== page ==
I was out and about this past week so I only watched a couple of movies at home. Last Black Man in San Francisco is a MUST SEE; while, House Shark is NOT. Let me explain…
Written by Joe Talbot and Jimmie Fails, directed by Joe Talbot, The Last Black Man in San Francisco is beautiful to watch with richness in color and texture with a story about two friends trying to reclaim what was once Jimmy’s childhood home.
First, the opening montage with the silhouette in color style–I don’t know how to explain it–a stillness mixed with slow-motion, I guess. Second, the way the city is portrayed is beautiful, expansive, and yet discarded. Third, there are many moments when the film allows you to sit in the moment. No dialogue, just observing the actors in the moment.
Jimmie Fails, played by Jimmie Fails, is a young Black man who has been “working” on his childhood home–despite the repeated homeowners telling him to stop and go away. They come home to find him painting the trim or arriving with flowers to plant. Jimmie’s best friend Montgomery Allen, played by Jonathan Majors, is a writer and observer of life in San Francisco. The house becomes empty so Jimmie and Mont decide to live there as long as they can. Meanwhile, life continues in the city with the usual group of guys who manage to spend the day standing on a corner talking about whatever, a street preacher, Mont’s blind grandfather, played by Danny Glover, and Jimmie’s parents who make small but impact-full appearances.
Overall, this film takes its time to tell the story of a young man holding on so tight to his past, and the house which represented a better time, he does whatever he can to get it back. Those who know Jimmie want the best for him and support his endeavor, even those on the corner who act like they don’t. Both lead actors are well spoken and thoughtful in their approach which made certain events disappointing in the outcome. Their hearts were in the right place but the execution of the plan was not well thought out nor the outcome considered. Events occur which bring reality of who they are and where they live to the story which ultimately becomes the downfall of the plan and the friendship. A touching story, not the tearjerker the ‘critics’ claimed, but never-the-less, a story of belonging and being.
Included in Amazon Prime. Watch the trailer below:
Let me just say, I love shark movies and also ‘bad-so bad they’re good-bad’ movies; however, this is just plain bad. Written and directed by Ron Bonk, House Shark is the story of a shark who manages to find its prey inside a home. *It was mentioned in Twitterland and I was intrigued.*
The reasons it’s bad:
#1 The premise. A shark inside the house. A house with no water in it. (Except for one scene…)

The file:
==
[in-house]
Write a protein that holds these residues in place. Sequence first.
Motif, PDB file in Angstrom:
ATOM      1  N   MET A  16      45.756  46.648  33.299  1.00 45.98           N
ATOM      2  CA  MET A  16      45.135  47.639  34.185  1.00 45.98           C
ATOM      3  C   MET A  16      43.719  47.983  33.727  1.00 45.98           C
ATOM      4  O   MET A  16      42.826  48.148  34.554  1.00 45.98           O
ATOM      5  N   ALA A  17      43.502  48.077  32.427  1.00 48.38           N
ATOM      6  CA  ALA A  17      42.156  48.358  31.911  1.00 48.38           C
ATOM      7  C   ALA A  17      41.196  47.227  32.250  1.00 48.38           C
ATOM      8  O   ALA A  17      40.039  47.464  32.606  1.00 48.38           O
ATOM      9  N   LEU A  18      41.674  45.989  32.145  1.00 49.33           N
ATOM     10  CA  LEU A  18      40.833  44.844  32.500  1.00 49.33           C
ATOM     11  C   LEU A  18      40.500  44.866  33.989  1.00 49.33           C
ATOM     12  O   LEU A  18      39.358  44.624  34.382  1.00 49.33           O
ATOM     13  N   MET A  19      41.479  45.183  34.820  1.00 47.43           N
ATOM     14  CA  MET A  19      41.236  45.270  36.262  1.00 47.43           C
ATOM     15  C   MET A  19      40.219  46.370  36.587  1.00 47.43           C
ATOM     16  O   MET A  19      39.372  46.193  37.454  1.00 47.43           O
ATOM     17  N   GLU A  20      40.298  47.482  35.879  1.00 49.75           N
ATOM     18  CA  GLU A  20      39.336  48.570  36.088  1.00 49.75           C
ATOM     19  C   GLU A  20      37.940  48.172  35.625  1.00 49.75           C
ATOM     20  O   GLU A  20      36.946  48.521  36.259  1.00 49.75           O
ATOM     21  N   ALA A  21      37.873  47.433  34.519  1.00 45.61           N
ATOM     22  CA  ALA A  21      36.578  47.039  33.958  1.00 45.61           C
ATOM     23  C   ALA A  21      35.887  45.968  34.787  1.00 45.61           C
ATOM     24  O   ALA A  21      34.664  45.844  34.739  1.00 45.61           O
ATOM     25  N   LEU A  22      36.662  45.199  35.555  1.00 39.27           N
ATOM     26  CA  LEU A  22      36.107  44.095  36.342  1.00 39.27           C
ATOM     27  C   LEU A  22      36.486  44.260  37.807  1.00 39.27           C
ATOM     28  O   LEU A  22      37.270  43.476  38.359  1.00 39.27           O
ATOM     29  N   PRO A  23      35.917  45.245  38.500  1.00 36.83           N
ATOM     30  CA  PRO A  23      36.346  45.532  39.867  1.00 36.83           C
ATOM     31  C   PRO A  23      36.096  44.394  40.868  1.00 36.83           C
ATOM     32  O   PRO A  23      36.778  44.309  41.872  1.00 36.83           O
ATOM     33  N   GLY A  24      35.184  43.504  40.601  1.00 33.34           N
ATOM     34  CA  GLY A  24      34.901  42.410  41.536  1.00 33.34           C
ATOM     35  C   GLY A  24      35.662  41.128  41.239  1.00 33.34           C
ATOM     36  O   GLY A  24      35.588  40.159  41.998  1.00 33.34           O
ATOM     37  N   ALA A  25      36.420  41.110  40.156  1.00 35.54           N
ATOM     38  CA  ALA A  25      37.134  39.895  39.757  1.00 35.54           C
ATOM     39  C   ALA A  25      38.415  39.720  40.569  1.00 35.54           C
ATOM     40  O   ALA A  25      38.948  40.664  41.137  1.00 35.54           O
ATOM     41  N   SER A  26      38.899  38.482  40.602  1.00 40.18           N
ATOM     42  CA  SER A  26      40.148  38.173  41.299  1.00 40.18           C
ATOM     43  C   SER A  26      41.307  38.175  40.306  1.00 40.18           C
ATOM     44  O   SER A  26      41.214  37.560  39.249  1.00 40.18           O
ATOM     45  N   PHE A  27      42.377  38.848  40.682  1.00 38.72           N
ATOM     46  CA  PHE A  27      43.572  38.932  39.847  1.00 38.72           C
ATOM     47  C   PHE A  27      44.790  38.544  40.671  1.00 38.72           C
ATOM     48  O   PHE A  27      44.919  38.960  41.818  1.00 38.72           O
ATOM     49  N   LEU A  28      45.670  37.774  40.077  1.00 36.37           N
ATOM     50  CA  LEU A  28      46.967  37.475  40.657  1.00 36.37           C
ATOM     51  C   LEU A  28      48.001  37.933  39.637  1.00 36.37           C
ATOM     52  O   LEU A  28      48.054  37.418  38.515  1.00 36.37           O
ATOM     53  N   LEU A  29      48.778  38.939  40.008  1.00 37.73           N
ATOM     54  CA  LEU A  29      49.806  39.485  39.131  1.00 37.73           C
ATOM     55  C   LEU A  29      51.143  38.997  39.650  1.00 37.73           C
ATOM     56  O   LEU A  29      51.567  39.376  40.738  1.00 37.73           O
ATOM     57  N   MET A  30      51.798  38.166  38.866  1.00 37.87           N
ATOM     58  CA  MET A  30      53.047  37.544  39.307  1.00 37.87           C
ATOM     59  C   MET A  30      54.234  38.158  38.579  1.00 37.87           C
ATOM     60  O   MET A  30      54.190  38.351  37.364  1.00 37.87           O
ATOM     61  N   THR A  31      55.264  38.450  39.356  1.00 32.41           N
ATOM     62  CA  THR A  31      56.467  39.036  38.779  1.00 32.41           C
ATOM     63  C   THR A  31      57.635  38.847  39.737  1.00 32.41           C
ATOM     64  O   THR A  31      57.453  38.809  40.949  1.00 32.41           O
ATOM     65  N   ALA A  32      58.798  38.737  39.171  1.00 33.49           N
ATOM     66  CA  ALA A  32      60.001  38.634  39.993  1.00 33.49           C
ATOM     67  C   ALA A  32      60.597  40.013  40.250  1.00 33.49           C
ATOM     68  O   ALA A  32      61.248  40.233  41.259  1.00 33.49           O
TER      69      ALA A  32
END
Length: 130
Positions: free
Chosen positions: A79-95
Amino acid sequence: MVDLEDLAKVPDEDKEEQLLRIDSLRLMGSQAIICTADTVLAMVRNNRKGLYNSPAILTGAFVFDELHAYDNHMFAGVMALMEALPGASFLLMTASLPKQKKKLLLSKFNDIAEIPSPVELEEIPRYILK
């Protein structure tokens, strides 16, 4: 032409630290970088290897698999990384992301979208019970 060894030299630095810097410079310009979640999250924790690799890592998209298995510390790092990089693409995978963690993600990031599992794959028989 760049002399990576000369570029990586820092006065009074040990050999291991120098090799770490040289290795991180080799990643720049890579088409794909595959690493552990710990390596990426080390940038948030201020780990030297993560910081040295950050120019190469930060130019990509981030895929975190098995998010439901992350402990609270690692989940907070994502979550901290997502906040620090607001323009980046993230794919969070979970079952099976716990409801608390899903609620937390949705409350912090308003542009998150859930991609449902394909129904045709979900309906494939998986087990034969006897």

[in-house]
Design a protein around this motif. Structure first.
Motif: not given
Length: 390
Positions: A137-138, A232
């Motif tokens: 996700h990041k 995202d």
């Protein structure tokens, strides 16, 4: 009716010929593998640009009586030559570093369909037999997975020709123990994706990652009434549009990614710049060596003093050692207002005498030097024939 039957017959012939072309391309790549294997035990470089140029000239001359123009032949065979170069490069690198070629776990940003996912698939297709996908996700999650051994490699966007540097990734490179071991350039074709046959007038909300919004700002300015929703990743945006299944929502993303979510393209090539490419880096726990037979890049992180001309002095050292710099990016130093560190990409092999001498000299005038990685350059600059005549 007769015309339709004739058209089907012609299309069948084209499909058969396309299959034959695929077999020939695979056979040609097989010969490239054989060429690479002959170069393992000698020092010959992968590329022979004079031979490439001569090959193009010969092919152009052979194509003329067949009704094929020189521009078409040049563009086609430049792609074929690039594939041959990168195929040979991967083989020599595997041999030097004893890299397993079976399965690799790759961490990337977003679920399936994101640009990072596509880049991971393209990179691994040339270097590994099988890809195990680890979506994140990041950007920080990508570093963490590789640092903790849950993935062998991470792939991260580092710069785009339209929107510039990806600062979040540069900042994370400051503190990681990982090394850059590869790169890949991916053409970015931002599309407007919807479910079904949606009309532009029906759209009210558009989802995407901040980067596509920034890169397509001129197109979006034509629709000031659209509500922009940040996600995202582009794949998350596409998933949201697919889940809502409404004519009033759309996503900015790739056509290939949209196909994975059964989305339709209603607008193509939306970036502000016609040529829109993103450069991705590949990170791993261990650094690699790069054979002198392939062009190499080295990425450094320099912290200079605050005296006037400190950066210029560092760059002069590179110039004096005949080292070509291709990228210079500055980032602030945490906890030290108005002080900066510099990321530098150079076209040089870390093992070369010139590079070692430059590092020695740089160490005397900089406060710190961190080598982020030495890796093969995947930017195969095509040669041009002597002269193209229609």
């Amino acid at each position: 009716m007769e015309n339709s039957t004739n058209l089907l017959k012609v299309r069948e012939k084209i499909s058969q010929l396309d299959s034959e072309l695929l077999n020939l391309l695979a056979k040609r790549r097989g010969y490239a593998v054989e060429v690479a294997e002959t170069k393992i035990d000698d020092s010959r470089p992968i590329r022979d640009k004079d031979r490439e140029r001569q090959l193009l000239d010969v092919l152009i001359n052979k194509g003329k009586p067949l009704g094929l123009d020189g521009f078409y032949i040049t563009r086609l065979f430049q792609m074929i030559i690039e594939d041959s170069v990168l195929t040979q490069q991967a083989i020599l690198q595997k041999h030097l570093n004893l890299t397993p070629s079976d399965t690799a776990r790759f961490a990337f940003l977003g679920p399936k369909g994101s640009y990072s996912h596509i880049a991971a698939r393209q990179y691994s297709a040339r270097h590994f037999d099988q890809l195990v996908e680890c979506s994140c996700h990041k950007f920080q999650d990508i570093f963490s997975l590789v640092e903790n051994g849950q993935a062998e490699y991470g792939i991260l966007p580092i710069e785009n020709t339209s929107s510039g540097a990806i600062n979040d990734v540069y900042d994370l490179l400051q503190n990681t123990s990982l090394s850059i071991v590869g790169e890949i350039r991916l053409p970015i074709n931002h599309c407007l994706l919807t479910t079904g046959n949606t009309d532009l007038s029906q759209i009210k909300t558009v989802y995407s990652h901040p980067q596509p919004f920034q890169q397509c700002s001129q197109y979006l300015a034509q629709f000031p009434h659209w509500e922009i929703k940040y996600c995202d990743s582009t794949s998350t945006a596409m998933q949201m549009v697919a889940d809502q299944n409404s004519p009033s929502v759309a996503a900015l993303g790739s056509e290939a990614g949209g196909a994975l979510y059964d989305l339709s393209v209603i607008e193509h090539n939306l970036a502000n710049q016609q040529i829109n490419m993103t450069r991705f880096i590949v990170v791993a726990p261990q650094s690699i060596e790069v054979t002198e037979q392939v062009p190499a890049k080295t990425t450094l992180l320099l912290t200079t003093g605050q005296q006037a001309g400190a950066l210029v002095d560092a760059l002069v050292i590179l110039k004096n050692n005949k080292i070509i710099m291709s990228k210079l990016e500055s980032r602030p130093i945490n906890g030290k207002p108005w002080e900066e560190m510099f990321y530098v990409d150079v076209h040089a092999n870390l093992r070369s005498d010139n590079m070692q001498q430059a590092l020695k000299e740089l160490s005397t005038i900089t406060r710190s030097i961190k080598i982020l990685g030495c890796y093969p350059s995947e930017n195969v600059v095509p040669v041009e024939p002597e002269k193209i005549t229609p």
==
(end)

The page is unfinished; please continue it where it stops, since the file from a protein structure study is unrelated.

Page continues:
#2 The script. The premise would be hard to build dialogue around, sure. But seriously, the jokes are off-color, misogynistic, and crass; the characters are culturally inappropriate; and the scene continuity doesn’t work. The babysitter takes off her clothes on the way to the bathroom and sits on the toilet. Really? Frank returns from a date with his mouth covered in pubic hair. Really? Frank’s crying spells often include large amounts of spit and snot coming out of his face. Really? An Native American dressed in a scary robe with “force-like” power gets involved to hunt the shark. Really? An slow-motion, underwater fight scene…actually, that part was okay. The giant shark, or should I say, shark costume was obviously funny. There are scenes with the actors inside the shark’s mouth talking to Frank…
#3 The actors. Frank, played by Trey Harrison, is supposed to be an ex-cop with a teenage son, played by Nathan Bonk, who looks more like an older brother than a father. Frank is crass, not very bright, and a huge crybaby. It’s no wonder he’s not on the force anymore. Theo, the teenage son, while scared of monsters in the closet and who still needs a babysitter, is strangely unaffected by the mess in the bathroom after the babysitter is *spoiler alert* eaten by the house shark. It’s never explained why Frank and Theo sleep in a backyard tent instead of a hotel or why Theo lives with Frank when his mother, Lady Bird (?), played by Melissa LaMartina, seems more capable even though absent and obviously not concerned about her son’s welfare. Michael Merchant plays Zachery, the questionable house shark expert. Wes Reid plays Abraham, who is sent to help with the house shark. Reid cannot decide which impression to do here so he does a few including Ace Ventura and Quint (Jaws) as well as a couple others sprinkled in.
I think it tries to belong in a “bad” movie or spoof genre but often when people ‘try’ they fail because they try too hard or overthink and add too many kitchen sink ideas. Innuendos are fine and good but not every other line. Nudity works but only if there’s a reason. The evil laughs would have worked if it turned out the Real Estate guy “put” the shark in the house to get rid of the family so he could sell it and make a fortune…but he didn’t so the laughs didn’t.
Available on Amazon. Watch the trailer but don’t bother seeing the whole thing. Unless you want to. In that case, you’ve been warned…